Google recently said that it would pay for the 500 people applying to be DACA’s recipients. DACA or Deferred Action for Childhood Arrivals as Obama-era program’s future comes into question so that Google will pay for app charges.
A month ago, a nine states’ coalition challenged the program’s legality under the watchful eye of a federal judge in Texas. The case brings vulnerability for countless individuals depending on the program, called dreamers.
The company said through its philanthropic arm Google.org that it would award a $250,000 grant to the United We Dream organization. This organization works on the sake of undocumented youth. The money that would be awarded will be used to pay for 500 DACA apps costing $495 each.
The extended support immigration reform has with Google and other Silicon Valley companies since it gives them access to worldwide talent. In June, President Donald Trump gave a chief order temporarily freezing work visas, amid the COVID-19 pandemic including the tech industry’s popular H1-B visas. Google CEO, in response, tweeted that from today’s proclamation, he was disappointed.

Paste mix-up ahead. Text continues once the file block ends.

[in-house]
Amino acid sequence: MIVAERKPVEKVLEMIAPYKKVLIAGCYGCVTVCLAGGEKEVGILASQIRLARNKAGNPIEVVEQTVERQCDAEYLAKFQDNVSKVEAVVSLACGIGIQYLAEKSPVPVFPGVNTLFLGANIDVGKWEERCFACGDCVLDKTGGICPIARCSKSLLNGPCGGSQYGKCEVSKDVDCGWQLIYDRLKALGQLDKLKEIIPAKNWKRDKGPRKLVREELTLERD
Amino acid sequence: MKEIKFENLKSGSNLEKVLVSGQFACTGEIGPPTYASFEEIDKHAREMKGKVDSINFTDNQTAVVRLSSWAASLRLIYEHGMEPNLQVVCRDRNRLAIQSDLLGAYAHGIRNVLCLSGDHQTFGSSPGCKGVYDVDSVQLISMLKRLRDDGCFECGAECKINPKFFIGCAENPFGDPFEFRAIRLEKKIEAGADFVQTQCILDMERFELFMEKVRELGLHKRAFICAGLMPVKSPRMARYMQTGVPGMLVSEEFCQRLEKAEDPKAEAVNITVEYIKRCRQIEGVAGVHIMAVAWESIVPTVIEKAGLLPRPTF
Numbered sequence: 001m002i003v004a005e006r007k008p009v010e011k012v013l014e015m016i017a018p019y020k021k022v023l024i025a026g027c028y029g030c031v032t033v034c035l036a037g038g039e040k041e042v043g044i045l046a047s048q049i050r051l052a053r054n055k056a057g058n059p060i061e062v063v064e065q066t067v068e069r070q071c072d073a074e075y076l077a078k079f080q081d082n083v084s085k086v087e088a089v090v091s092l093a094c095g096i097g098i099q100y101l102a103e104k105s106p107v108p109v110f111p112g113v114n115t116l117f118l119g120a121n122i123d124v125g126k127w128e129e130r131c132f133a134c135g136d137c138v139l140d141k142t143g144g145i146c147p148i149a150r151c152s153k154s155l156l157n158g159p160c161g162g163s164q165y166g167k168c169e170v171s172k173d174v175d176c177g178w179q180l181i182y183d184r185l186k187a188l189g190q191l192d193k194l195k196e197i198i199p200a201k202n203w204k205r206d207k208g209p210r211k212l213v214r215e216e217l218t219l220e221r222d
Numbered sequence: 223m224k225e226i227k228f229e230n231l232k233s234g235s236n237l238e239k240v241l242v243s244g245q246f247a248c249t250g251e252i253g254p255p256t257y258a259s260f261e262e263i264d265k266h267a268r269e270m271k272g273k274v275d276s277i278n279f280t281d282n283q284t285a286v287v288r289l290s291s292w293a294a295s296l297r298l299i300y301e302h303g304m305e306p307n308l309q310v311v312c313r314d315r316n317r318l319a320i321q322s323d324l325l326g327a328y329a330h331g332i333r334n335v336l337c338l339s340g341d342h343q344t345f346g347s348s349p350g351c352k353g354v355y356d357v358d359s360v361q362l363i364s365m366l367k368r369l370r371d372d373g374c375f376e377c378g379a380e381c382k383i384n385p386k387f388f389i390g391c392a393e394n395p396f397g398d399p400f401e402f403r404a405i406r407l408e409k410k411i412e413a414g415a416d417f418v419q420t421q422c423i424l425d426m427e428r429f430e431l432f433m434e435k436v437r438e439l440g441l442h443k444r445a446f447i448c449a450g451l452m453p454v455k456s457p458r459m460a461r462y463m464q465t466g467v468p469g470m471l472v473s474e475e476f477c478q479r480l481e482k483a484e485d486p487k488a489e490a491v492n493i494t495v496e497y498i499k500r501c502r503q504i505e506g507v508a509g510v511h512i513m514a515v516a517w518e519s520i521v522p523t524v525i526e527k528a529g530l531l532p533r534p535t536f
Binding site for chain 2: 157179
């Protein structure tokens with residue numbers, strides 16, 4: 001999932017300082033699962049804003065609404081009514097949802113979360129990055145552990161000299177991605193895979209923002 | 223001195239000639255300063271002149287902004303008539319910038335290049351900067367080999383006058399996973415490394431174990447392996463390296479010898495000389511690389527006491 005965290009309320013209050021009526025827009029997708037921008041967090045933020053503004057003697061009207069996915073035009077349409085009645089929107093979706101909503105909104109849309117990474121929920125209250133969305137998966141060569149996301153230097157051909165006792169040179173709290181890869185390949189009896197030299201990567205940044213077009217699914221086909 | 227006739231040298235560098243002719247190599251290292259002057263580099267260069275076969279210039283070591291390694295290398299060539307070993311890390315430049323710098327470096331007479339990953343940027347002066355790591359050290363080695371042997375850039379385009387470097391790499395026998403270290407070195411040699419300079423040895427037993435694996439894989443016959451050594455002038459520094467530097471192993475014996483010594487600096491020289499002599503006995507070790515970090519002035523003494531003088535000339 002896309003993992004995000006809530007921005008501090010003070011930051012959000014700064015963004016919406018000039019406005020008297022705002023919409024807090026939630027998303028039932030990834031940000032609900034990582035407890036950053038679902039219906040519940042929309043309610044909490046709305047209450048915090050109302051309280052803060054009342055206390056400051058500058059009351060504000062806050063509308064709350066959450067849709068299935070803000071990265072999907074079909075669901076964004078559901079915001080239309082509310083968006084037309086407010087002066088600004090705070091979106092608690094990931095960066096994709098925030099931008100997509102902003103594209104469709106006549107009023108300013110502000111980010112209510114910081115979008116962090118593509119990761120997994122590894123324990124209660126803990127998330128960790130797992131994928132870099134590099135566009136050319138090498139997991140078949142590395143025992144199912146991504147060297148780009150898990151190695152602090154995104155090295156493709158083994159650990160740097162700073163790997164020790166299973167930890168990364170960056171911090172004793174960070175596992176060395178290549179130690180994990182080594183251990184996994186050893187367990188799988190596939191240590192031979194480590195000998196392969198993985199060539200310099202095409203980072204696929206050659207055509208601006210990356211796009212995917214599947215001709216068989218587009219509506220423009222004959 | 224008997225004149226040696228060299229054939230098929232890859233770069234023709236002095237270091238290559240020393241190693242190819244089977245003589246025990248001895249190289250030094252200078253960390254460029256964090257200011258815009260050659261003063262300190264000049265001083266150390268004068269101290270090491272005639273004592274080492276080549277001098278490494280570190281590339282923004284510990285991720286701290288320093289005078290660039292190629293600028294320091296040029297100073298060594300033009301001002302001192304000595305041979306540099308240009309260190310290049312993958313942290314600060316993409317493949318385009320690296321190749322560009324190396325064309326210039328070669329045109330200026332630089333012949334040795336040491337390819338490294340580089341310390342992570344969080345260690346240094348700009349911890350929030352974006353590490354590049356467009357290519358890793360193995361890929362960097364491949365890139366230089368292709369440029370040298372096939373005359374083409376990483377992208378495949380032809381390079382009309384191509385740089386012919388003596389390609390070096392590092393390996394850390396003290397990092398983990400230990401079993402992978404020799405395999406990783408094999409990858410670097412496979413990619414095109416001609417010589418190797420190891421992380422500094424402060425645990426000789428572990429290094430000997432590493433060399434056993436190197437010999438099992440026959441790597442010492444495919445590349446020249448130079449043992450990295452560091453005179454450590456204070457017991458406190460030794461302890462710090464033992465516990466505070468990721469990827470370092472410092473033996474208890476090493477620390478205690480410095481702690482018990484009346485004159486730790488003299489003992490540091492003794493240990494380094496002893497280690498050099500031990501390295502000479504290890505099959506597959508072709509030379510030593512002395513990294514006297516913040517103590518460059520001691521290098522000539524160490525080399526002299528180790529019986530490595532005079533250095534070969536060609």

Google’s senior vice president of global affairs, Kent Walker, explained in a blog post that they know this is just an impermanent solution and they require legislation that not only protects Dreamers but as well as conveys other truly necessary changes.
Google has attracted criticism in the previous with regards to immigration. Workers upset with Trump administration’s immigration policies stood up a year ago against the company after it was reported that the cloud software of Google has licensed to Border and Customs Protection.
A Google executive at the time reportedly guarded the deal as explaining that the technology from the company was not being used for the southern border’s immigration requirement.
In 2019, the company was additionally called out by Employees when the search giant recruited previous Homeland Security official Miles Taylor, who had been involved in separating families at the Mexican-American border with the Trump administration’s policy. He additionally openly safeguarded the policy that banned people from entering in the US from seven Muslim-majority countries.